Here are a few photos of our appartment and view. The main bedroom and the view from the terrace, with our first sunrise and at the exact same time, a rainbow at the back. How is that for wonderful???

 

The “flora and fauna” were also interesting, especially the cats…oh, and does this white heron have green feet??

 

Lovely painted wall murals

 

Look closely and you will see the name of the village on the windmill. The clouds over the village looked scarier than they were.

 

 

Islas de Cies

Sunday, 5th of June and a trip to another island was on the cards. This time one more “wild” and “isolated” and only accessible via boat or ferry. The Cies Islands (Islas de Cies) is only a forty five minute ferry ride from the port of Vigo. If you intend to visit it, tickets should be booked in advance, either via internet or directly at the harbour. The reason for this is that only a certain number of people/humans are allowed on the island at any given time, so it says wherever you read up or ask about it. The reality, in our eyes, is somewhat different. We did the right thing and asked our hotel receptionist to pre-book our return ticket. We felt sooooo lucky to have gotten two places on the ferry. When we arrived at the harbour, we were amazed at the crowds waiting to embark. People en masse, with prams, cooler boxes, umbrellas and bags, lots and lots of bags (looked like an entire household had been packed). Yes, we did not expect the whole city to migrate to the best beach in the area, and most of all we did not expect thousands to be on an island that was declared a natural reserve in 1980 due to “the deterioration it was suffering by human activity”.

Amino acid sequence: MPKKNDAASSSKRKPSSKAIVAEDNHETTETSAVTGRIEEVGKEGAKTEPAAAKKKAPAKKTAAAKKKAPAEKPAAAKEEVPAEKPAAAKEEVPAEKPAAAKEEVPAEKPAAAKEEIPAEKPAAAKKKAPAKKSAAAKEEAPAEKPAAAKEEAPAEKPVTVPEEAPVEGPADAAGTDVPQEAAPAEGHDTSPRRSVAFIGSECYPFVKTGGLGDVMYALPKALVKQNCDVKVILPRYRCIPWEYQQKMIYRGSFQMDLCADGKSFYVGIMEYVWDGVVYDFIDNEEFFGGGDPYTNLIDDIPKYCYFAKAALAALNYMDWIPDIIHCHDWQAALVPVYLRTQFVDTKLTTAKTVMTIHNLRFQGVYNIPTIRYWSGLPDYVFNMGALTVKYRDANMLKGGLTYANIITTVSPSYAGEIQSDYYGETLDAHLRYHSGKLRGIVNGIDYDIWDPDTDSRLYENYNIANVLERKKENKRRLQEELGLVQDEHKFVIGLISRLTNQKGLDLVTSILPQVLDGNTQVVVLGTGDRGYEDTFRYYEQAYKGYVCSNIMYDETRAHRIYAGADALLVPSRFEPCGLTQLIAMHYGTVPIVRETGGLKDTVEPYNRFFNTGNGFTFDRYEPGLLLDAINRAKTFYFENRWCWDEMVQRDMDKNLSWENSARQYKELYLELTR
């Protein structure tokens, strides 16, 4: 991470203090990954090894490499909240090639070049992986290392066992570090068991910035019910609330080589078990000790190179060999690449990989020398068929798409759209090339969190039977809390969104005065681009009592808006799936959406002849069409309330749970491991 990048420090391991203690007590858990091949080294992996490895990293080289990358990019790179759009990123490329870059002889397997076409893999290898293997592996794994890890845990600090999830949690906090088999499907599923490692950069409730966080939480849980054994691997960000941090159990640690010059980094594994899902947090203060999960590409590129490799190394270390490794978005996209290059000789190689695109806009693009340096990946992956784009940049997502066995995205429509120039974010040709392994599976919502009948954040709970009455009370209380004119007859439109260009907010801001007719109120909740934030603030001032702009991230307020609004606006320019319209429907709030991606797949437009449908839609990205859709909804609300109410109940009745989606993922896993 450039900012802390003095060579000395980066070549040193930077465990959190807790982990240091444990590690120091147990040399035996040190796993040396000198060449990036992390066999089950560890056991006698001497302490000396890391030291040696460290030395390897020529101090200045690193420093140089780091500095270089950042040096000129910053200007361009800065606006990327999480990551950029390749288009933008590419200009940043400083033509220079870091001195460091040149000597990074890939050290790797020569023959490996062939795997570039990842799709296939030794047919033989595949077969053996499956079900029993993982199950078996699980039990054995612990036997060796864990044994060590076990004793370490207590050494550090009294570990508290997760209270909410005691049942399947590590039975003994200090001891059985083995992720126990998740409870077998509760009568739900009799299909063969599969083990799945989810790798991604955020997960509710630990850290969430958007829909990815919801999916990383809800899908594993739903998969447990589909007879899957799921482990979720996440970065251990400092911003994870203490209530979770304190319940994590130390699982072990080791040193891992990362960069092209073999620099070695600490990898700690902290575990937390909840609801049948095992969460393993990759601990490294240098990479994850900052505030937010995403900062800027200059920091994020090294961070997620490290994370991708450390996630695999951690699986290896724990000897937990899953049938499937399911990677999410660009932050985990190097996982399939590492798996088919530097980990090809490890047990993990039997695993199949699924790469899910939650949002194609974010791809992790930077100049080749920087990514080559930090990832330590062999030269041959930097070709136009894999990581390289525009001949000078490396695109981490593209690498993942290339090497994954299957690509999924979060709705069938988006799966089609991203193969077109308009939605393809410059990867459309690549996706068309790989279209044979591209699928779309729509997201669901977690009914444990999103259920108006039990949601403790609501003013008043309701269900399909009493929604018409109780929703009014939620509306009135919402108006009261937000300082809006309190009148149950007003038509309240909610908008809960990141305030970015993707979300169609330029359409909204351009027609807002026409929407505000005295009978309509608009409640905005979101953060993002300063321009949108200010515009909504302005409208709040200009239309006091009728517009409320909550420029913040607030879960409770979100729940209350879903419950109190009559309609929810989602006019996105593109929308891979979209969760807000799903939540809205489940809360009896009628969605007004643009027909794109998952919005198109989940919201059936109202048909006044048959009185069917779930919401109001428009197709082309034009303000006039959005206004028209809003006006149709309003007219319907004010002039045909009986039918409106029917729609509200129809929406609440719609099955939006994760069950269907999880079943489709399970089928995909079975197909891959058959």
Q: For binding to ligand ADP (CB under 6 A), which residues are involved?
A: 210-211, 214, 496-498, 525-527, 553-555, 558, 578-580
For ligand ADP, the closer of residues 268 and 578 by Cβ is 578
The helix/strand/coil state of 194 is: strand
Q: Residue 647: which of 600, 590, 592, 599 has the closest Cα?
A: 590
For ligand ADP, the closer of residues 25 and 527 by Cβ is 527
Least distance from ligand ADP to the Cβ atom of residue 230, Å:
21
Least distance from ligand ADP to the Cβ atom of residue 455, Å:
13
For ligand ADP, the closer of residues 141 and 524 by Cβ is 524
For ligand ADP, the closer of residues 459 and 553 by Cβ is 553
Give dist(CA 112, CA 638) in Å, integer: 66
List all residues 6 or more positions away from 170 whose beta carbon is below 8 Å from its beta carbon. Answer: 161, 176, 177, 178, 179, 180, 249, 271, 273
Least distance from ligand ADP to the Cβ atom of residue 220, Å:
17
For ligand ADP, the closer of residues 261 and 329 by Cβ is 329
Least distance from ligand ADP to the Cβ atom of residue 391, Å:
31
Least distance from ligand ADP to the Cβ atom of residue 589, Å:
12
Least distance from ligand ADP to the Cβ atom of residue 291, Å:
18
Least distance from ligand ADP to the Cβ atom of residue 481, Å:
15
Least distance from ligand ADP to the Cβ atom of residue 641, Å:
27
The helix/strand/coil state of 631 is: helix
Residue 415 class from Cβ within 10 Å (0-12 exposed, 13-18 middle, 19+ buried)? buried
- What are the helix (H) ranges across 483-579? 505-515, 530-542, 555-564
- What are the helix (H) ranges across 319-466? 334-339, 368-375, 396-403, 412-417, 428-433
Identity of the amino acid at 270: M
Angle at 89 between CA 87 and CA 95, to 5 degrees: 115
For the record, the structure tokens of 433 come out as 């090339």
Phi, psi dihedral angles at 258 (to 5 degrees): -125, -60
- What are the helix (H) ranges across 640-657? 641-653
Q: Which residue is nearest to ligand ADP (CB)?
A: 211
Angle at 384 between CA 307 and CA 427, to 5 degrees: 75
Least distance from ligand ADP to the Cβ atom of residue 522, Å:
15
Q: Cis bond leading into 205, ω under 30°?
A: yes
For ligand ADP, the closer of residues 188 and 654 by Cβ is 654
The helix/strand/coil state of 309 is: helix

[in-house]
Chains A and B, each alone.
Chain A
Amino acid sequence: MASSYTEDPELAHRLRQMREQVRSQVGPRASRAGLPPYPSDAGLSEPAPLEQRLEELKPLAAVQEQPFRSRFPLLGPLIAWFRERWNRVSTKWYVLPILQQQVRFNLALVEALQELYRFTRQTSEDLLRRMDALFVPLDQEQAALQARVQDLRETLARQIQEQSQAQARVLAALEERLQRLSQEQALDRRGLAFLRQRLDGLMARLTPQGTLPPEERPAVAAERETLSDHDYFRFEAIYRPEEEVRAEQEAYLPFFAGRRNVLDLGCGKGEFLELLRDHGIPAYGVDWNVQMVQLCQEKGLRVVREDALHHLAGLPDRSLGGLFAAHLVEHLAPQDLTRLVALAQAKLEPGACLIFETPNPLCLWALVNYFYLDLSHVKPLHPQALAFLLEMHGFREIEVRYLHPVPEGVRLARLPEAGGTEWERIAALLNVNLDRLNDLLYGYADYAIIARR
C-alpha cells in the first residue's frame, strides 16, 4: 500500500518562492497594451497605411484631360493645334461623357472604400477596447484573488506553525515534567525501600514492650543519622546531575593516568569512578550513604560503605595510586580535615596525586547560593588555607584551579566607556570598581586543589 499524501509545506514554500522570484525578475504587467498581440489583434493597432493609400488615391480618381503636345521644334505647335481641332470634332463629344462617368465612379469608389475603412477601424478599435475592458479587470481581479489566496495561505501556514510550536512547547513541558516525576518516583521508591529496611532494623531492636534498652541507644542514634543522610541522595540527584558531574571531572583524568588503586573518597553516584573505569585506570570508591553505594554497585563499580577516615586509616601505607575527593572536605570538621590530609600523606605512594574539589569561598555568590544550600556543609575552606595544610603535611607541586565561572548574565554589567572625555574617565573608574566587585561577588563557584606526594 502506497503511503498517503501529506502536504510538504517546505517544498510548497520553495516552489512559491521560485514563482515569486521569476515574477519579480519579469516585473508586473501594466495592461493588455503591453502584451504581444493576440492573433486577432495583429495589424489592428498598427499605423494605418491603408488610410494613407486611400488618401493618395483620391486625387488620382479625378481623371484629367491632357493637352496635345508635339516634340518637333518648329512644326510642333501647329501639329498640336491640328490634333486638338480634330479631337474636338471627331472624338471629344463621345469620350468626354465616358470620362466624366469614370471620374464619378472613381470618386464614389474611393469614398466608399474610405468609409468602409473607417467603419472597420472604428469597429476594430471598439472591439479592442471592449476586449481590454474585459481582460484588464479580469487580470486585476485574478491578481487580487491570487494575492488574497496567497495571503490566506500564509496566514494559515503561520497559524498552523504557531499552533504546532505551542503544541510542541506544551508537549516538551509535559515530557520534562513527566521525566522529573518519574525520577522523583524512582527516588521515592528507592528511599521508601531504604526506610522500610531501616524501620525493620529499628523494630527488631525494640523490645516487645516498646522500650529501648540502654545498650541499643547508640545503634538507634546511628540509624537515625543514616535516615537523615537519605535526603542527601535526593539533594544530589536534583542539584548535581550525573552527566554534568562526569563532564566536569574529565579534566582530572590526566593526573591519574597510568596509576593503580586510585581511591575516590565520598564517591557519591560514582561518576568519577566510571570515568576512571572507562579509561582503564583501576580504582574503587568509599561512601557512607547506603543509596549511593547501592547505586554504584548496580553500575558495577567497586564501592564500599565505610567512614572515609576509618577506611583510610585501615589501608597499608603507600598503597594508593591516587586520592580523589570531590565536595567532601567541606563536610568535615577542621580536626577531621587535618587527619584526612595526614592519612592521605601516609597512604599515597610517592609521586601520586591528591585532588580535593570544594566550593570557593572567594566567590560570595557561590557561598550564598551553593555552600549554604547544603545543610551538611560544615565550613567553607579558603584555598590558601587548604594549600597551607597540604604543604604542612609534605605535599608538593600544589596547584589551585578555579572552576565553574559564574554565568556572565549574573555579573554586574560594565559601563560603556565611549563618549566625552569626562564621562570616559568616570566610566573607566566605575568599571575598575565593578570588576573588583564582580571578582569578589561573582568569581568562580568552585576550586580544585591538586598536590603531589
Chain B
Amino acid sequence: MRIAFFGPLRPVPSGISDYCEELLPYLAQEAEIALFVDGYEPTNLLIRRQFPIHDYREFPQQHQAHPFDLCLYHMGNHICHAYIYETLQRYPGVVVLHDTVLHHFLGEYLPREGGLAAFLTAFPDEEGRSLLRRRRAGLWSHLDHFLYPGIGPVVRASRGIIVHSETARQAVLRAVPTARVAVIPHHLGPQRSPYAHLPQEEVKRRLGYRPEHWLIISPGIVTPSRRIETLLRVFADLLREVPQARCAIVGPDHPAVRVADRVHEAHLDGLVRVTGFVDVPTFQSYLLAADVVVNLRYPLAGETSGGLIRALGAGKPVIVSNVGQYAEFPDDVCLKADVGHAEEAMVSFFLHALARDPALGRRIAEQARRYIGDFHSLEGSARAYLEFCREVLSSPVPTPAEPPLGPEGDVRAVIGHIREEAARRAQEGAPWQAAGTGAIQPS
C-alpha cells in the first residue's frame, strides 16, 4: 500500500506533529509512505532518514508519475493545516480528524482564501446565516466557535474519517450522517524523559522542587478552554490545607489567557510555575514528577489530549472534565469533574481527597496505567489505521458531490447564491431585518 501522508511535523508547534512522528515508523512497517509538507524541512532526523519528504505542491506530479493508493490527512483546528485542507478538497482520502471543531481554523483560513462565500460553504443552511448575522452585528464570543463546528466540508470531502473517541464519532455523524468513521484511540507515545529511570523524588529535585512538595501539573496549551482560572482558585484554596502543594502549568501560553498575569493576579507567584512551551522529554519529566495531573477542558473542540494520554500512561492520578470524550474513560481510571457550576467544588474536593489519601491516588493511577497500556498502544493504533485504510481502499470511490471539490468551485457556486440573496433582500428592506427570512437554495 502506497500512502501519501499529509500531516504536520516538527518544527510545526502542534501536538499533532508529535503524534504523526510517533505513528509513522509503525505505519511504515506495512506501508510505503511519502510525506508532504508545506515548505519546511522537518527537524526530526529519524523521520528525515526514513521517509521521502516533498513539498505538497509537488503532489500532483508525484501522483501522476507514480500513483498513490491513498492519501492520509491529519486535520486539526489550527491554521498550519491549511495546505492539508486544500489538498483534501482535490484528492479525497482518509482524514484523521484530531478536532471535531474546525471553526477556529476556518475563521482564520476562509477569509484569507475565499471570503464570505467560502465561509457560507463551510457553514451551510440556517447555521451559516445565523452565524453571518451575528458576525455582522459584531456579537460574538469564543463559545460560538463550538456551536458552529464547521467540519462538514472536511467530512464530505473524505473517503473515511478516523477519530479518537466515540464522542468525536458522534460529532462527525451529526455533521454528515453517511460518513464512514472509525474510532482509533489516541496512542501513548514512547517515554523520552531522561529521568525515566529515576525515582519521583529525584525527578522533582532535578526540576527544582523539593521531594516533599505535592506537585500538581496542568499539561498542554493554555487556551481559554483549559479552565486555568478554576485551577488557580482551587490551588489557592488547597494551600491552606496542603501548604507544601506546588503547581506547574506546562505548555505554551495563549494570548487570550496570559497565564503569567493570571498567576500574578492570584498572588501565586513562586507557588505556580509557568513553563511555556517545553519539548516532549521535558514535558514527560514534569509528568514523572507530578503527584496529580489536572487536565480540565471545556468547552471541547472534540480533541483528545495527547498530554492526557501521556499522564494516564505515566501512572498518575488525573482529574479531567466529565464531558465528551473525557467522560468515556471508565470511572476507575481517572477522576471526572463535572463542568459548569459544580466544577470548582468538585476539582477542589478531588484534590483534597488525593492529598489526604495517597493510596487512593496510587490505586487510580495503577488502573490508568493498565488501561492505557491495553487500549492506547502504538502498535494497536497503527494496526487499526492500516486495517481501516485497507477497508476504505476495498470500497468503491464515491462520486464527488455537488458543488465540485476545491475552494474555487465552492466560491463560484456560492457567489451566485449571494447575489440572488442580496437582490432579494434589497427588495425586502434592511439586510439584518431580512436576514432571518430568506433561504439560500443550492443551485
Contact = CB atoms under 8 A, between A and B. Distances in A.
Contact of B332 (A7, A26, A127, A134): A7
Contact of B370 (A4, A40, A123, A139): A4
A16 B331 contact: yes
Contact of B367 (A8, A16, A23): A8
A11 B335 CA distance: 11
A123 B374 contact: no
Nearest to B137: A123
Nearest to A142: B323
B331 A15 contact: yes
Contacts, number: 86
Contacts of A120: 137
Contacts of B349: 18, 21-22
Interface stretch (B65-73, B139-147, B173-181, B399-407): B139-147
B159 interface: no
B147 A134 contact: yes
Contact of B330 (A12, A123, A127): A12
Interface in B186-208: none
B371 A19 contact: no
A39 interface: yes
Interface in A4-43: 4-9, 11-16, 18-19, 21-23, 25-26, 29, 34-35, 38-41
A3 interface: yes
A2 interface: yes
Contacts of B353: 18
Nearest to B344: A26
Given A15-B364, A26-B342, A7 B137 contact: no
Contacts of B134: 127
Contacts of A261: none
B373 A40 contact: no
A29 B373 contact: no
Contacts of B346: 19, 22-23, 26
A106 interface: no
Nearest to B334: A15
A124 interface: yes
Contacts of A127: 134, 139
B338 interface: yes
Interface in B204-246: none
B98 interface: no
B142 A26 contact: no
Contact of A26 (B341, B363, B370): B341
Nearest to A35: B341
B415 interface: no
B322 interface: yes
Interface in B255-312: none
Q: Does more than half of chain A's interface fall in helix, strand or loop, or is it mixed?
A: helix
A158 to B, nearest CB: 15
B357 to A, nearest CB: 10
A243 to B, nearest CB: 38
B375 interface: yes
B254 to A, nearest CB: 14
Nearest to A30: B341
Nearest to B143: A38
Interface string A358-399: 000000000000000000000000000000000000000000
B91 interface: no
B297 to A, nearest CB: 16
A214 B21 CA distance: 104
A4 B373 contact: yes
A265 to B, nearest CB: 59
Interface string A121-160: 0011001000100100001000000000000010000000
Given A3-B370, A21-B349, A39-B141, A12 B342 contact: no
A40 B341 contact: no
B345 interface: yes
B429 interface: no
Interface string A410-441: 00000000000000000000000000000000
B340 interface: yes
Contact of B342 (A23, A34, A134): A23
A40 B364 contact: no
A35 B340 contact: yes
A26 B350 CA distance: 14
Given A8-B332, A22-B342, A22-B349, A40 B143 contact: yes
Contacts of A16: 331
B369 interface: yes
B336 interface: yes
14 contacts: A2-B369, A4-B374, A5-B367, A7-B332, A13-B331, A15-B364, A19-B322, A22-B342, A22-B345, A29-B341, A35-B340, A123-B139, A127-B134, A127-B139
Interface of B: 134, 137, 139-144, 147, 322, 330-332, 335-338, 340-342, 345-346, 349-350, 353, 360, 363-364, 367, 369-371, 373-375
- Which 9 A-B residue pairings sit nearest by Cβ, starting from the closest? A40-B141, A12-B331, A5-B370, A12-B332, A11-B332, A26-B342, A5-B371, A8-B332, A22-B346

The ferry was packed to the brim, so one of us (the scared of living water one) sort of cowered in the corner nearest to the life-belts, while the other put his arms around her as assurance. The ferry ride was smooth and loud. No, not the engines, but the animated conversations all around us. We could call it excitement, but no, it is normal as Spanish is a very fast (zoom-zoom) language and mostly spoken out loud, which is so amazing. After disembarking, we decided to walk up to the highest point of the island, and so did almost everyone. It looked like everyone wanted to first check out the “scenery” before settling down on the beaches. The later it got, the emptier the walkways, the fuller the beaches. The island is beautiful, but not as “wild” as we expected as the paths, though very stoney at some parts, are all pre-determined. It is also possible to camp on the island.

Oh how happy and relieved we are that we made it up the zig-zig path all the way to the very top of Alto Montefaro. Okay, so it was only a climb of 175 metres, but a climb it was, and it was very hot, despite all the clouds!

The views from the top were amazing! We also walked to other interesting points on the island, but unfortunately did not manage to see everything the island had to offer, even though we were there for seven whole hours.

The flora here was quite interesting too. We think that we “discovered” an unusual orchid (the red one) but not so sure as there is no information to be found anywhere.

Beautiful natural rock formations which seems to be a popular photo setting for many. There are warning signs everywhere forbidding anyone to climb on them, but gee, who notices or reads these signs, or who cares! Every single person that came to this rock (even children were pulled up) seemed to have one reason and one reason only, and that is to take a photo of themselves standing in or near the “hole”. We had to wait for ages to take these photos sans people.

The island also boasts a huge colony of seagulls and at the moment they are all in the middle of their breeding season. There were many chicks to be seen. It is not difficult to spot them, but when you hear a sudden shriek or bird “roar” near to you, then you just happened upon a mother sitting on her chicks. She is warning you to either stay away, or to be careful…See how one of the mother’s giving us the eye 😀